Julius Caesar


Symbols and Themes


The power of speech/ oratory

Julius Caesar is a political play, and it is full of powerful speeches. From Cassius’s impassioned speech to Brutus which plants the seeds of the assassination conspiracy to Marc Antony’s brilliant use of rhetoric at Caesar’s funeral, the events of the play hinge on the persuasive verbal skills of the political players. In particular, Antony’s use of oratory to win the citizens to his side underscores the importance of language in shaping popular opinion and defining history.

Conflict between private feeling and public action

Brutus’s moral conflict is one of the central issues of the play, and it defines the tragic nature of his character. His conflict is, essentially, the tension between his private feelings for Caesar, whom he loves, and his sense of public duty. Brutus, the individual, does not wish to kill his friend but Brutus, the public servant, feels honor-bound to prevent Caesar from becoming king. Both Caesar and Brutus repeatedly allow their personal well-being to be obscured by their public personas. Nowhere is this more clear than in the scenes involving their wives, Calpurnia and Portia. Note how Brutus will not allow himself the consolation of confiding in his wife, and how Caesar ignores his wife’s warnings out of a mistaken belief in his infallibility.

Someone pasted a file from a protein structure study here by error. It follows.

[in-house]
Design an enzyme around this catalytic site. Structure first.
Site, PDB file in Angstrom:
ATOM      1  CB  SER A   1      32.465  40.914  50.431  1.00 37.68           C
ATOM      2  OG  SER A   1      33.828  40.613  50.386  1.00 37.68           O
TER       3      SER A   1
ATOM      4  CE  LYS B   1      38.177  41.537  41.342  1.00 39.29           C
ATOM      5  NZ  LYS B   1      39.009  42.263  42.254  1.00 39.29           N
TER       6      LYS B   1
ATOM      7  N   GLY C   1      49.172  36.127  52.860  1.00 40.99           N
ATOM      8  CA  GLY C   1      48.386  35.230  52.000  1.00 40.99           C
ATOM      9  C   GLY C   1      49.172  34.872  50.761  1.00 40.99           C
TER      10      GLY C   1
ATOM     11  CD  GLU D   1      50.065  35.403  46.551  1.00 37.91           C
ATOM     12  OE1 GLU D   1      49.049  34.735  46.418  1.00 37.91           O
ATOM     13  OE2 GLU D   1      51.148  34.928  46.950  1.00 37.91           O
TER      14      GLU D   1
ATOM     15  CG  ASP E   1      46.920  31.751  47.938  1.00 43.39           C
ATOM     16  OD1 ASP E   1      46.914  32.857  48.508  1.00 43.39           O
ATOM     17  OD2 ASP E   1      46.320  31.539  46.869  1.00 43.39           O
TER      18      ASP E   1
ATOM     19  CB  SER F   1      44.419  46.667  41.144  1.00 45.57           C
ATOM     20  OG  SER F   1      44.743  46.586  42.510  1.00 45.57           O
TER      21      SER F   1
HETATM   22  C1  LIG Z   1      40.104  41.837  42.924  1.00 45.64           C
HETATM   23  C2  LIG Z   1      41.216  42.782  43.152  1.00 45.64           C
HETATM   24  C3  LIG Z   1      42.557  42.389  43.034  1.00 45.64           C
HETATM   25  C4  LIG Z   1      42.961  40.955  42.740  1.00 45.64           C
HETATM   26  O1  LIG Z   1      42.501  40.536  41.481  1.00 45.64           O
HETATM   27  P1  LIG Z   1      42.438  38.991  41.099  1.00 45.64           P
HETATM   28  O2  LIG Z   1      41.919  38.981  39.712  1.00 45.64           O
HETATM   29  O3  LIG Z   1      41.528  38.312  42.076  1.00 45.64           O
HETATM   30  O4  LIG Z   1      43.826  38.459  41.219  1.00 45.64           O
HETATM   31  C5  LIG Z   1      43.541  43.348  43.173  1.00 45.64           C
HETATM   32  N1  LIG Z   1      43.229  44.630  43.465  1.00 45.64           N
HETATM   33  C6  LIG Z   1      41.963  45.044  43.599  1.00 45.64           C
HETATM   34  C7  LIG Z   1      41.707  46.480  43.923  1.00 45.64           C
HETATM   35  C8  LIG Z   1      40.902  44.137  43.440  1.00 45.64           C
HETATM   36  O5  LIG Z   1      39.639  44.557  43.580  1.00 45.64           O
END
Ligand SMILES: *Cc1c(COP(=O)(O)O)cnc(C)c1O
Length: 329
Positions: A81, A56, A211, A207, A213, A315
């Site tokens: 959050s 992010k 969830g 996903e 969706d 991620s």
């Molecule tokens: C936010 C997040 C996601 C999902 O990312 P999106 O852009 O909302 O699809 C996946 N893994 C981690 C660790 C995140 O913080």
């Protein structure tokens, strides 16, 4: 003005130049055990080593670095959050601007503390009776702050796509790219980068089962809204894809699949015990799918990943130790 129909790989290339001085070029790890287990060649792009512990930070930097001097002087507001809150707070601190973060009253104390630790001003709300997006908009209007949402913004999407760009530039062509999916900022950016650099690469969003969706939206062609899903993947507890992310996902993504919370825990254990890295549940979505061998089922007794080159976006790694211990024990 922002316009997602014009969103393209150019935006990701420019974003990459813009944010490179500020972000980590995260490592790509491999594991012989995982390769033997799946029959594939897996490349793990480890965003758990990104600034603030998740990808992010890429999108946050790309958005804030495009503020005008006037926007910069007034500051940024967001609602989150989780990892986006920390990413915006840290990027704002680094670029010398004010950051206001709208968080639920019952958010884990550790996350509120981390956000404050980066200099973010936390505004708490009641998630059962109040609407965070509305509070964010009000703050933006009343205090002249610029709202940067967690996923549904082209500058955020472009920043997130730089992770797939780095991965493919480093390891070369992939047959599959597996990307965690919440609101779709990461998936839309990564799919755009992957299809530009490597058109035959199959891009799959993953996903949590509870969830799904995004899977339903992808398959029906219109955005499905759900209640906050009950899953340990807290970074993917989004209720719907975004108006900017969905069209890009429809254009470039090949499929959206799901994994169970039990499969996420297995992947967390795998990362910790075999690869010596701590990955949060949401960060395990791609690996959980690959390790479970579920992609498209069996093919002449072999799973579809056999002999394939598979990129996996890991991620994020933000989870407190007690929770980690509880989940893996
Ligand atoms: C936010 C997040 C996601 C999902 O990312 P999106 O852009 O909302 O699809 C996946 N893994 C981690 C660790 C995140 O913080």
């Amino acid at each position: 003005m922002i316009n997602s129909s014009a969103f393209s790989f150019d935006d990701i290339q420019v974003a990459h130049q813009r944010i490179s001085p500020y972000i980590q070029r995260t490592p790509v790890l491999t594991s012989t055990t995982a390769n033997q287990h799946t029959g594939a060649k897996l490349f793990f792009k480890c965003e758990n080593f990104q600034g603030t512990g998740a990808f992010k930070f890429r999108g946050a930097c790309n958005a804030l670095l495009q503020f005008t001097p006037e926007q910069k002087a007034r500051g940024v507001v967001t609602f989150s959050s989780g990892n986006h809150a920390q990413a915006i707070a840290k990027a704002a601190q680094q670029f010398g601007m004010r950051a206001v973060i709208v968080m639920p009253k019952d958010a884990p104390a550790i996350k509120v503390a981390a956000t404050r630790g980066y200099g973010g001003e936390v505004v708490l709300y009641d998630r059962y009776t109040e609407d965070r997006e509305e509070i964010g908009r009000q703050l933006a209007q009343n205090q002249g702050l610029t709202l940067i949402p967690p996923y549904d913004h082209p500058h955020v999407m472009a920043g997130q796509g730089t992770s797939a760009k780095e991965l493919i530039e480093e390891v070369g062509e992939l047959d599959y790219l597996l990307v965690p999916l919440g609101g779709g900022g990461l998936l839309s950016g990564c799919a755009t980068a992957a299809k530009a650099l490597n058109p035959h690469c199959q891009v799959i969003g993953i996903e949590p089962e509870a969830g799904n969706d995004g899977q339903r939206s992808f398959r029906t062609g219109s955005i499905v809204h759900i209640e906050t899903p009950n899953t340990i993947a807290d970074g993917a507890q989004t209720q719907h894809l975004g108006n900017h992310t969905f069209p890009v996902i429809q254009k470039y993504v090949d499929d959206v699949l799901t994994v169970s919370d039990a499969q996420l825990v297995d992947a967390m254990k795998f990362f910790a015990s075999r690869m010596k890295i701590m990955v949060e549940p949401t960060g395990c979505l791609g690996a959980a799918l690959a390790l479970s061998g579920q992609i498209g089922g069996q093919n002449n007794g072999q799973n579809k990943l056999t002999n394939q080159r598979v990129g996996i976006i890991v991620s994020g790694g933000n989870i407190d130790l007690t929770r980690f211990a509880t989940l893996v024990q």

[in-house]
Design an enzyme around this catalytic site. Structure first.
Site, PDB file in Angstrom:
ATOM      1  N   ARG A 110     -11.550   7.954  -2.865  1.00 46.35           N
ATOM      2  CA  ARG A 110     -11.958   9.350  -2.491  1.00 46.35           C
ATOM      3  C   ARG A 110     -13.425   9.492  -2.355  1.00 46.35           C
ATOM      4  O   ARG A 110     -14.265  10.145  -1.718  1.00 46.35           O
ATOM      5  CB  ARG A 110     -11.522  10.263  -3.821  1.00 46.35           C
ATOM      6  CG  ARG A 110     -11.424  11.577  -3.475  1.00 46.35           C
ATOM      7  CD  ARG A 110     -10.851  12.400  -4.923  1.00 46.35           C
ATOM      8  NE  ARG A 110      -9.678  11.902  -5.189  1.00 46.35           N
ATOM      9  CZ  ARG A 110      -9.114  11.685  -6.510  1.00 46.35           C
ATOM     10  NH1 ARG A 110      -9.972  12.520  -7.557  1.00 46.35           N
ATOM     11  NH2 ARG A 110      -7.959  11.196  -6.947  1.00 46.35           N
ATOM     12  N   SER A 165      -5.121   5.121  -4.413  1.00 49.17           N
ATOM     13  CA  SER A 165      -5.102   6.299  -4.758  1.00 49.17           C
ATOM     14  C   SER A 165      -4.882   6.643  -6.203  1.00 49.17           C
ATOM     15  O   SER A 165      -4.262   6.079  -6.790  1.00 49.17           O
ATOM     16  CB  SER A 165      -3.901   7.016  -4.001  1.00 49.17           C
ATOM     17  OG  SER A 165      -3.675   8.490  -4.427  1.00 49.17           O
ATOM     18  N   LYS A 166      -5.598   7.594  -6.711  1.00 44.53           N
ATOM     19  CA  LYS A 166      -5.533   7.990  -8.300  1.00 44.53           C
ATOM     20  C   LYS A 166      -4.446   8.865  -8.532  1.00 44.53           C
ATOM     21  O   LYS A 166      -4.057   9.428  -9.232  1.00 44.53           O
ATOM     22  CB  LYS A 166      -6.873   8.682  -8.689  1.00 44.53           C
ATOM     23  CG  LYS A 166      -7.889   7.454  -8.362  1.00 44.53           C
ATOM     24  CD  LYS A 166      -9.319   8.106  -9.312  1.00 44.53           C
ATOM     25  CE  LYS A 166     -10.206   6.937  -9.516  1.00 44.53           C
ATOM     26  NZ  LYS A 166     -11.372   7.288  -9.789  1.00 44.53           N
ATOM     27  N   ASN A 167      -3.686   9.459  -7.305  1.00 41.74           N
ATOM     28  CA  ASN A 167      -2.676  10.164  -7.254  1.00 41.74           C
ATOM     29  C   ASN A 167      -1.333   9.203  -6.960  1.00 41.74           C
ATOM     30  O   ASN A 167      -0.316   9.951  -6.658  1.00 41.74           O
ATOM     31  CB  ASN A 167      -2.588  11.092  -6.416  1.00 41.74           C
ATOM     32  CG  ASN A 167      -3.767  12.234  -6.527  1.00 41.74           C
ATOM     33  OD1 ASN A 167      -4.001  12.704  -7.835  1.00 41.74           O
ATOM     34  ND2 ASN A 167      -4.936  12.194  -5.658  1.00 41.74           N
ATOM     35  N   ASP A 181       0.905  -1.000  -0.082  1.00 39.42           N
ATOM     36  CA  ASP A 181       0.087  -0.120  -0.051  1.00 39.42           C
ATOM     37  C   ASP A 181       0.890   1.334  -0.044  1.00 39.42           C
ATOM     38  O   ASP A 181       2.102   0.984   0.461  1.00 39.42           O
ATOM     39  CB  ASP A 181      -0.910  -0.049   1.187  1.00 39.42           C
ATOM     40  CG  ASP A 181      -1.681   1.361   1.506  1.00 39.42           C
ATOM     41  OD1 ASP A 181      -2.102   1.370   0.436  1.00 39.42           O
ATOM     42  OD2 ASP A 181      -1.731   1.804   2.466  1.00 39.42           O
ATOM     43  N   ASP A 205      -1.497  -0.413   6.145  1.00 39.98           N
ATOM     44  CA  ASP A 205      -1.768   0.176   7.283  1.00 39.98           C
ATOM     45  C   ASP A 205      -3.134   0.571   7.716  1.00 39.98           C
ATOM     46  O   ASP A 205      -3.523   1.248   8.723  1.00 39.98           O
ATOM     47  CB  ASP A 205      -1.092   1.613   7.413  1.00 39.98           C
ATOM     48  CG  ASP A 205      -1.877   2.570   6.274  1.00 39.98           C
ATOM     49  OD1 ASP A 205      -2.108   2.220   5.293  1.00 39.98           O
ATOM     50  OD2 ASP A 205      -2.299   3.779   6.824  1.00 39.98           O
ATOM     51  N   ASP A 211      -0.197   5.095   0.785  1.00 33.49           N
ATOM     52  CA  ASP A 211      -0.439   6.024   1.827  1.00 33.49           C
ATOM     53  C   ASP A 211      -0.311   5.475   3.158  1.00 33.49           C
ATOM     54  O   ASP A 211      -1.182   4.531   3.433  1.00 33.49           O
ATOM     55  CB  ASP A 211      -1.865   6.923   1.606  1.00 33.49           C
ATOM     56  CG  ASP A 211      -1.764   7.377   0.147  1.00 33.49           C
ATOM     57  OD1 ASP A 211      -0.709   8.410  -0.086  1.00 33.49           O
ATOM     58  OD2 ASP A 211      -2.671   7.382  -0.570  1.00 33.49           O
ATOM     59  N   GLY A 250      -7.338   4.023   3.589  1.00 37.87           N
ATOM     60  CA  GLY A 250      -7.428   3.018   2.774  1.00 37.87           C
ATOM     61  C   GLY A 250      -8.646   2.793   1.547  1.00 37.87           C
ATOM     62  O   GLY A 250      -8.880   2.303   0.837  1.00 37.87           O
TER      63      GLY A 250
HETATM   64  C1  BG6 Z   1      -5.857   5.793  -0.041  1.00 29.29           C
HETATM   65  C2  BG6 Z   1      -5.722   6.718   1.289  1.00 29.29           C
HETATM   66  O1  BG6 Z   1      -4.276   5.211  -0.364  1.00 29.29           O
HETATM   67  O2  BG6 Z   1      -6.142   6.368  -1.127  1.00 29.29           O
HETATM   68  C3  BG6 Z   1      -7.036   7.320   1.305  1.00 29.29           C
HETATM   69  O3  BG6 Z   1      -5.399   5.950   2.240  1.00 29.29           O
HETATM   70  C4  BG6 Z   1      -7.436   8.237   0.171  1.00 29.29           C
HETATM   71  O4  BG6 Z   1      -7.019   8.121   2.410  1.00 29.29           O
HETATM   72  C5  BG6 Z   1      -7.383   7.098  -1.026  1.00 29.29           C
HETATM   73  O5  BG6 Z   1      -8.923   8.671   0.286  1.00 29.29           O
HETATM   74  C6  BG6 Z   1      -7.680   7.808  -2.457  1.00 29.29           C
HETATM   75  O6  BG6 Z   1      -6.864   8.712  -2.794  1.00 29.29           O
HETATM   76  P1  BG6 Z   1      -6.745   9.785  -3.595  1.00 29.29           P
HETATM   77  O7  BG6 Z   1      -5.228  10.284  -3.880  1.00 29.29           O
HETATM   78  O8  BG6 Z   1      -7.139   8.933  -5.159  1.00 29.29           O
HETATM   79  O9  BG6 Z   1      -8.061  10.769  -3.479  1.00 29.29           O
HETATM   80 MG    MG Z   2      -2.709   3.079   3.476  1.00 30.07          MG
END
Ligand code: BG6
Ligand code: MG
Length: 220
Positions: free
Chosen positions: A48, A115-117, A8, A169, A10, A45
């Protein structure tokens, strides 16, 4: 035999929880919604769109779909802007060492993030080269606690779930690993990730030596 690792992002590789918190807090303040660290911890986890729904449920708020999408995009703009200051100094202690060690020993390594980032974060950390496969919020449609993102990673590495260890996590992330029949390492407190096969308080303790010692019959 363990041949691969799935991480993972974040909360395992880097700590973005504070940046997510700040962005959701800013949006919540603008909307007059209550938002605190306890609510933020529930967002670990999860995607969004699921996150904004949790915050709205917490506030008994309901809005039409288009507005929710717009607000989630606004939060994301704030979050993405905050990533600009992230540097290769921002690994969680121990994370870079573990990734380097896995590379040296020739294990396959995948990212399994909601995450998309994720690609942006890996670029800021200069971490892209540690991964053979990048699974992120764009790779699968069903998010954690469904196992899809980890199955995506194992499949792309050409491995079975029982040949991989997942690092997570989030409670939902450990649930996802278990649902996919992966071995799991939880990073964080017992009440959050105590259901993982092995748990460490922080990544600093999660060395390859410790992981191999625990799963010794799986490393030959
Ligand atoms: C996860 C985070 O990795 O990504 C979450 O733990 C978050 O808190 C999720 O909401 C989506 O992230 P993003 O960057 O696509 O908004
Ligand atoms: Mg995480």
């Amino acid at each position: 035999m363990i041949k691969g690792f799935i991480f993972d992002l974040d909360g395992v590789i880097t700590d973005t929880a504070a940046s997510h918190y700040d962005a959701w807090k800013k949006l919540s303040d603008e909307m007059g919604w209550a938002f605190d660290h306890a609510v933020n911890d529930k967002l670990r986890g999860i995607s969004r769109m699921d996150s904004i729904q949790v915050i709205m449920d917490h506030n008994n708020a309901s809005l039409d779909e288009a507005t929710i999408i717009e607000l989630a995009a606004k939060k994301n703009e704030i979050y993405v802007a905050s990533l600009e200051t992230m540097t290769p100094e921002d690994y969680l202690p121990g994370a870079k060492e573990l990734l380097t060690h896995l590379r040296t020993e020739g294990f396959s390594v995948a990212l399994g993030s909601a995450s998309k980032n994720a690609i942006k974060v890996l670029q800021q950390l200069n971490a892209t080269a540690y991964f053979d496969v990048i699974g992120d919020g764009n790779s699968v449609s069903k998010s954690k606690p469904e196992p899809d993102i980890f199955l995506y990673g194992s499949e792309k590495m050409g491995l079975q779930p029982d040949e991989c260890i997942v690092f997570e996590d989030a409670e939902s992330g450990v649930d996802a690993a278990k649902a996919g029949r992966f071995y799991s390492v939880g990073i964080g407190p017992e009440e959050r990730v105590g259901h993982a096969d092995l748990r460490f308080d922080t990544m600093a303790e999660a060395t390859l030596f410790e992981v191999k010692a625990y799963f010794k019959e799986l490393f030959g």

Obstinacy versus adaptability

The inability to compromise and adapt prove fatal flaws for both Caesar and Brutus. Just before his death, Caesar asserts, “I am as constant as the northern star,” and it is this very inflexibility that proves his undoing. Brutus’s rigid idealism causes him to make a number of fatal errors throughout the play, not least of which is allowing Antony to speak at Caesar’s funeral. Antony, on the other hand, easily changes his plans and allegiances to adapt to various situations, thus securing his own victory in the end.

Blindness to...

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Essays About Julius Caesar